What We’re Reading: Week 9

By Chad Garland, News21

What We’re Reading, Week 9:

Photo Exhibit Spanning Decades Reveals Our Collective War Story (Kainaz Amaria, 7/15, NPR) The Corcoran Gallery of Art in Washington exhibit “War/Photography,” consists of 309 photographs from 25 nationalities with conflicts that span 165 years. “It’s organized in the order of war,” said Anne Tucker, curator of photography for the Museum of Fine Arts in Houston. Her team spent 10 years scanning more than 1 million photographs from more than 17 countries to come up with a different approach to presenting the images of war, even some images not typically associated with war.

Shooting the messengers (Ed Caesar, 7/9, GQ Magazine, UK edition) A few high profile cases of war correspondents killed in the course of duty underscores the danger of reporting in war zones, Ed Caesar said. As deaths and kidnappings mount – 2012 was among the worst years for journalists, according to the Committee to Protect Journalists – Caesar wonders what has changed to make journalists increasingly vulnerable to, if not targets of, the violence they cover.

Woman’s work (Francesca Borri, 7/1, Columbia Journalism Review) “The only story to tell in war is how to live without fear,” writes Francesca Borri, an Italian freelancer working in Syria. Contrary to the romantic notions of freelance journalists as free, Borri said they are trapped at the frontline, where the competition to report on “the blood, the bang-bang” is cutthroat.

For Veterans, a Fight for College Credit (Jody Serrano, 7/17, The Texas Tribune) A pilot program that helps veterans in Texas get college credit for their military experience won’t be made permanent; it failed to reach the full House during this year’s legislative session, but the Texas Workforce Commission will be able to expand the program thanks to federal grants. On average, veterans have received about a year of credits based on military experience, allowing them to complete their degree and enter the workforce more quickly. The program sponsor might re-file to make it permanent in 2015.

How the Pentagon’s payroll quagmire traps soldiers (Scot J. Paltrow and Kelly Carr, 7/2, Reuters) The Defense Finance and Accounting Service, or DFAS, a Pentagon agency responsible for accurately paying America’s 2.7 million active-duty and reserve service members, has a problem – costly failures. A variety of factors, from technology decades out of date, to systems that can’t communicate and military leaders who shirk responsibilities, all contribute to errors that harm some military personnel, while benefiting others.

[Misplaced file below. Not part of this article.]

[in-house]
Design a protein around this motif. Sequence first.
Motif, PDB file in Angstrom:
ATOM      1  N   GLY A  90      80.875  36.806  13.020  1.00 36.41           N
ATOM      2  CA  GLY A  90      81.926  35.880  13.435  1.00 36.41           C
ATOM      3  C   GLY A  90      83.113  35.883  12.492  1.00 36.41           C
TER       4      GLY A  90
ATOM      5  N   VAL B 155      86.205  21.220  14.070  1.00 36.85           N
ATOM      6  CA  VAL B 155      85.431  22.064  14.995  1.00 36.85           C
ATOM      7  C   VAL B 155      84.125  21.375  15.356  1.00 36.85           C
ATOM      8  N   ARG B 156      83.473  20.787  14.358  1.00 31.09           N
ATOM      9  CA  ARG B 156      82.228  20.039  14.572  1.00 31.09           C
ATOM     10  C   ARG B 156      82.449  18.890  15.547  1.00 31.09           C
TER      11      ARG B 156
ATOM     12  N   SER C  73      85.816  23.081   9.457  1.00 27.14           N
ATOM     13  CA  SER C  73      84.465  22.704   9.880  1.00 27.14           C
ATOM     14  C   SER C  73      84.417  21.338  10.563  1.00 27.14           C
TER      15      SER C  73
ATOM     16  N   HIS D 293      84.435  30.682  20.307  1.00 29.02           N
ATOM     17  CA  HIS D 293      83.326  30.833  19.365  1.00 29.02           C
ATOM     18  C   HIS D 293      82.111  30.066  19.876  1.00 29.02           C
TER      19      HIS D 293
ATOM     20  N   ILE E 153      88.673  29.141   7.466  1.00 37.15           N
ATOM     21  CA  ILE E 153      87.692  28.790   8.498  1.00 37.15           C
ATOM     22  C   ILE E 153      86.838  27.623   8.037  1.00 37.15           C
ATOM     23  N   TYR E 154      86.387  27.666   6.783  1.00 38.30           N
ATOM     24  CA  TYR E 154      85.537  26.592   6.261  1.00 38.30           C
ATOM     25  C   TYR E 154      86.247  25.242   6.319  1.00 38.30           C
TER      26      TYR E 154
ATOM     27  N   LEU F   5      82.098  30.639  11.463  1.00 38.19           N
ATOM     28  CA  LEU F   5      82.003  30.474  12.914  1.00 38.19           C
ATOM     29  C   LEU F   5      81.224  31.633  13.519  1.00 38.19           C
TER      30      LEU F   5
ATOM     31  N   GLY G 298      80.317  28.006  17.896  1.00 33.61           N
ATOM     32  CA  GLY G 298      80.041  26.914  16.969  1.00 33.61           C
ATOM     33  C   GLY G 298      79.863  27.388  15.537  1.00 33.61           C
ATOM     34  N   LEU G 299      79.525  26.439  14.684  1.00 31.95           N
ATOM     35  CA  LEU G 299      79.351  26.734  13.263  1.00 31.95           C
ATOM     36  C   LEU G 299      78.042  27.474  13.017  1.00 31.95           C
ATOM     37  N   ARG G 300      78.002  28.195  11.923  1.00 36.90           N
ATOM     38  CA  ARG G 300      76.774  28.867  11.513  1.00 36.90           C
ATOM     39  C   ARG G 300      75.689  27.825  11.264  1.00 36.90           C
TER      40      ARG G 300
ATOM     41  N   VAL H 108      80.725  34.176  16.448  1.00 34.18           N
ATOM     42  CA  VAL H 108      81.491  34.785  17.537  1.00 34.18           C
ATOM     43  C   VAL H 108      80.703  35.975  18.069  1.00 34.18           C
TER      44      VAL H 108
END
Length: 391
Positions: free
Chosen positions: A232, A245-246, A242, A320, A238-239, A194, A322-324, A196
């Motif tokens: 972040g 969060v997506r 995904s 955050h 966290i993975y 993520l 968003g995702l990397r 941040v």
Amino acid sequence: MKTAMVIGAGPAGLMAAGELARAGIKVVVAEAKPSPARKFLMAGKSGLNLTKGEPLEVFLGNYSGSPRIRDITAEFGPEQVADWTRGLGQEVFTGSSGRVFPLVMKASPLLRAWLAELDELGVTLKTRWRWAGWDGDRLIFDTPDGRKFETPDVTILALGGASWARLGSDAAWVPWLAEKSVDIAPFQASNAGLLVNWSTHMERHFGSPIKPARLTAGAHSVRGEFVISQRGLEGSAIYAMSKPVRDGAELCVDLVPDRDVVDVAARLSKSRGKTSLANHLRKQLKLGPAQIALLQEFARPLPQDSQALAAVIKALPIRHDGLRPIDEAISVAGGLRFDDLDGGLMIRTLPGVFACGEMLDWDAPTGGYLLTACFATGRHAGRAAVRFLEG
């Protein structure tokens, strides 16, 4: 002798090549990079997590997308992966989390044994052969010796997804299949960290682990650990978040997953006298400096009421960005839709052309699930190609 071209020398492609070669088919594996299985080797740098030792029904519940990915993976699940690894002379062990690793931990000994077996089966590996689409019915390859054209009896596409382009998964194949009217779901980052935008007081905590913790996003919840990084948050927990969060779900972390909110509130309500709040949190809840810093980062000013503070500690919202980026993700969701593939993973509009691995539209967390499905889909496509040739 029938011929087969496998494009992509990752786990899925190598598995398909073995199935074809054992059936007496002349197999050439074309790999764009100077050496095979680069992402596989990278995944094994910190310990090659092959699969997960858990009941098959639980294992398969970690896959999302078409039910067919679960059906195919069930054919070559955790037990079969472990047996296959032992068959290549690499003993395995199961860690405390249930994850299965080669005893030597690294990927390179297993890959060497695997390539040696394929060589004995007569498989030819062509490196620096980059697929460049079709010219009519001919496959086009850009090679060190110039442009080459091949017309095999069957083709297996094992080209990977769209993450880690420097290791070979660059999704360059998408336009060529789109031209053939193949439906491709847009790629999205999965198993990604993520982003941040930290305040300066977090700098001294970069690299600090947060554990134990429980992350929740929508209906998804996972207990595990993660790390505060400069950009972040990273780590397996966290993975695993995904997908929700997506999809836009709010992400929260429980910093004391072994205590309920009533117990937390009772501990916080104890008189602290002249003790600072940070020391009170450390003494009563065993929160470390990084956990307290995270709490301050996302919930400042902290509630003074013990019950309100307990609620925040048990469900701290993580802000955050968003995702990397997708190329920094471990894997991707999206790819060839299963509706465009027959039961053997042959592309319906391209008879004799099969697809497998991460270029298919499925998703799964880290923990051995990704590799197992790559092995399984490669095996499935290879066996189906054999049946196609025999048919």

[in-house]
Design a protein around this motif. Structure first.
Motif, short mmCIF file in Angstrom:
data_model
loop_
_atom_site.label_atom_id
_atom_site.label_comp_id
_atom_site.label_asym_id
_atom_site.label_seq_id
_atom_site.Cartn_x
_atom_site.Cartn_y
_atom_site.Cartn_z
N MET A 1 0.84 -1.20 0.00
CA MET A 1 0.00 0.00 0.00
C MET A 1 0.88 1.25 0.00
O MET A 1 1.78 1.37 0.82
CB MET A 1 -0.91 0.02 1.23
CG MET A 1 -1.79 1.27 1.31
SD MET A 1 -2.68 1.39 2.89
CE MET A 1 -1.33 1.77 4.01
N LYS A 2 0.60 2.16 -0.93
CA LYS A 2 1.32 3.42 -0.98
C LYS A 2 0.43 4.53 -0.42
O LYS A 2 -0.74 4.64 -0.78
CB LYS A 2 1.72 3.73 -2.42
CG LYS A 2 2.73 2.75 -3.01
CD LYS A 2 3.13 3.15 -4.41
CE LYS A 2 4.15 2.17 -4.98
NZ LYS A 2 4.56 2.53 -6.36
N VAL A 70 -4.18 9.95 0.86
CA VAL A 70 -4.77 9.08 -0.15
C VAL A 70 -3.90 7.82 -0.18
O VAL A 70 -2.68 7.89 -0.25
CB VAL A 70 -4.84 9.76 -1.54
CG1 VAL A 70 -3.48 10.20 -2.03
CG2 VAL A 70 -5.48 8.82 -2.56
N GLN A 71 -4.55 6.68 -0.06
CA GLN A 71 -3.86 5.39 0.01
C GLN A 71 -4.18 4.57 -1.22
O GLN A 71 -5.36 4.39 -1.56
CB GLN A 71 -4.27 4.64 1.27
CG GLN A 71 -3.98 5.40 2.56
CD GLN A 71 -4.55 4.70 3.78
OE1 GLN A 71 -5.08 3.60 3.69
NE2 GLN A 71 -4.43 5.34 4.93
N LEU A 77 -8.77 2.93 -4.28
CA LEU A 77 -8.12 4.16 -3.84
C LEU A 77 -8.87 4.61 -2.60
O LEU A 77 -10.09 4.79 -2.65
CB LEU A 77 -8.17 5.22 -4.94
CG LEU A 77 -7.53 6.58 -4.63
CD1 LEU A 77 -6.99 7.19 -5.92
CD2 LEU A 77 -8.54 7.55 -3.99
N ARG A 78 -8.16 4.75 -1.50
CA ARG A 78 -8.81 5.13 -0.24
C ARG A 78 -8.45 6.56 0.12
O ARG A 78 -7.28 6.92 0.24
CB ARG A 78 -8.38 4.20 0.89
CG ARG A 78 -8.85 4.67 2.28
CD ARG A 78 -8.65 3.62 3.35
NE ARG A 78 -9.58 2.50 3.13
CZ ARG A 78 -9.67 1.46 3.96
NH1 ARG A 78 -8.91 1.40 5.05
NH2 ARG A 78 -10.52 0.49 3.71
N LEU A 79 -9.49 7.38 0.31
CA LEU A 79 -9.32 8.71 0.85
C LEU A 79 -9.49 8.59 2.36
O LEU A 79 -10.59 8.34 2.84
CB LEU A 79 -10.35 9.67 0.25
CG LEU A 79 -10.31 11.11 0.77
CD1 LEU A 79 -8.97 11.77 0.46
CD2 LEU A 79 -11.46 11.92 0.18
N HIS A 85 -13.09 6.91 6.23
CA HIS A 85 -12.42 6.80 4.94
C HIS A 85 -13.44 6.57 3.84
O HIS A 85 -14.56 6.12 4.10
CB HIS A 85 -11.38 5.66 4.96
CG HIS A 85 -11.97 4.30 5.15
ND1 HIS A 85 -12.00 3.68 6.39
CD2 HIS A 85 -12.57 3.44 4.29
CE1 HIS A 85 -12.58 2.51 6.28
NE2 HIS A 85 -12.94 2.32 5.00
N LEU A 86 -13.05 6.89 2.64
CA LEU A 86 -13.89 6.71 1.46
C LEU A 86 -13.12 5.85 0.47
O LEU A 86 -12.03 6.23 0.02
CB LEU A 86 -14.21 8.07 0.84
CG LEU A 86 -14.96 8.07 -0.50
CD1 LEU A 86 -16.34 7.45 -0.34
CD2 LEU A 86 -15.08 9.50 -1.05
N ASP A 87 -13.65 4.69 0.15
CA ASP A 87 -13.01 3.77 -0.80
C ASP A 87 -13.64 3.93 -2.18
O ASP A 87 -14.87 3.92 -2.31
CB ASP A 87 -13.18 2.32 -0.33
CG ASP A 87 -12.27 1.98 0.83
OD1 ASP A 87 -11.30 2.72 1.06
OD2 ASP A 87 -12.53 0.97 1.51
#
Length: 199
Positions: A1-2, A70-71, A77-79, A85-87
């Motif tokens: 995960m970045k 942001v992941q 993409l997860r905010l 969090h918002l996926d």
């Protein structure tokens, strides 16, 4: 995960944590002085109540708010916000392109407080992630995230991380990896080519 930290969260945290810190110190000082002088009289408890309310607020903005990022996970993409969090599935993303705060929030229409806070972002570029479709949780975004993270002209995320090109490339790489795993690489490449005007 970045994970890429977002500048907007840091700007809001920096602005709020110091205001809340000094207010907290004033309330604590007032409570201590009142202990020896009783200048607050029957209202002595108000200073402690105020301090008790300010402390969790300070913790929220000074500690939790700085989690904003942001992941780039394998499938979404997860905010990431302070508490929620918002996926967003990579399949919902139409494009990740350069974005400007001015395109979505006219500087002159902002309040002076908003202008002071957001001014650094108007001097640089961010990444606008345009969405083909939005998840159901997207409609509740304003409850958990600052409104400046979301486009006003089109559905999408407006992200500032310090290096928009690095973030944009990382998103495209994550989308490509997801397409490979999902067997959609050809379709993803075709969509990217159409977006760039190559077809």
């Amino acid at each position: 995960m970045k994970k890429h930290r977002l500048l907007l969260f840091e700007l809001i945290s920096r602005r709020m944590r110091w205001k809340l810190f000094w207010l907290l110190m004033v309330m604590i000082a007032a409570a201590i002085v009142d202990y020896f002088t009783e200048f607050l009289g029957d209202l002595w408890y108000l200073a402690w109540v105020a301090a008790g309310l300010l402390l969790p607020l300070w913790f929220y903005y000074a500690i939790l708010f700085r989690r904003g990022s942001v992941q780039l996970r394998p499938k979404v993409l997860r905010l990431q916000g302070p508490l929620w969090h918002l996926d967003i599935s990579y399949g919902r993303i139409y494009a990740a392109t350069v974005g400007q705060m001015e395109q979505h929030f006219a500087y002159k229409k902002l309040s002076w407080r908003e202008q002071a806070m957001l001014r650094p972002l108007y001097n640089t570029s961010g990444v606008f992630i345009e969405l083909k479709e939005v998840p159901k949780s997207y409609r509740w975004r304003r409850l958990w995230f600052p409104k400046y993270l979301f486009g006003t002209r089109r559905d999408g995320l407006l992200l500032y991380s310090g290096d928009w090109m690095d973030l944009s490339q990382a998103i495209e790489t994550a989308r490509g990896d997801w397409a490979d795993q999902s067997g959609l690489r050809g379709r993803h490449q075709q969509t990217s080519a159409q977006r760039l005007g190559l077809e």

What We’re Reading: Week 4

By Chad Garland, News21

War is complicated. Despite its gruesome horror though, war also can be a catalyst for good. Whether that good takes the form of, well, let’s call it spiritual growth, scientific research or educational opportunity for veterans and their families, more than a decade of military conflict has reshaped American culture and our understanding of ourselves.

What We’re Reading:

War Junkie (David Axe, 6/5, Medium) From the archive of war correspondent David Axe’s blog: a tale of war and its psychological, perhaps spiritual effects. Axe offers a moving account of his 2005 trip to Baqubah, Iraq. It’s where he covered the South Carolina National Guard and the country’s first democratic elections since 1958, and where he became acquainted with war.

Looking past monuments, parades for vets’ next steps (Leo Shane III, 6/12, Stars and Stripes) Groups such as Iraq and Afghanistan Veterans of America have called for parades to welcome home war veterans. Other nonprofits have pursued the mission of putting veterans to work, volunteering or staying physically fit as a way to reintegrate and find a second calling in civilian life.

New Bill Would Give GI Bill to Surviving Spouses (Terry Howell, 5/23, Military.com) The Spouses of Heroes Education Act would give spouses of fallen service members the same full undergraduate education benefits their children receive through the Marine Gunnery Sergeant John David Fry Scholarship. The Congressional Budget Office estimates the bill could cost $200 million over the next decade.

PTSD may be prevented, researchers find (Alan Zarembo, 6/5, Los Angeles Times) Scientists have linked a particular, “relatively common,” variation of a gene to activation of a receptor in the brain that might make some more susceptible to suffering PTSD. This could provide new methods of preventing the disorder, some researchers say.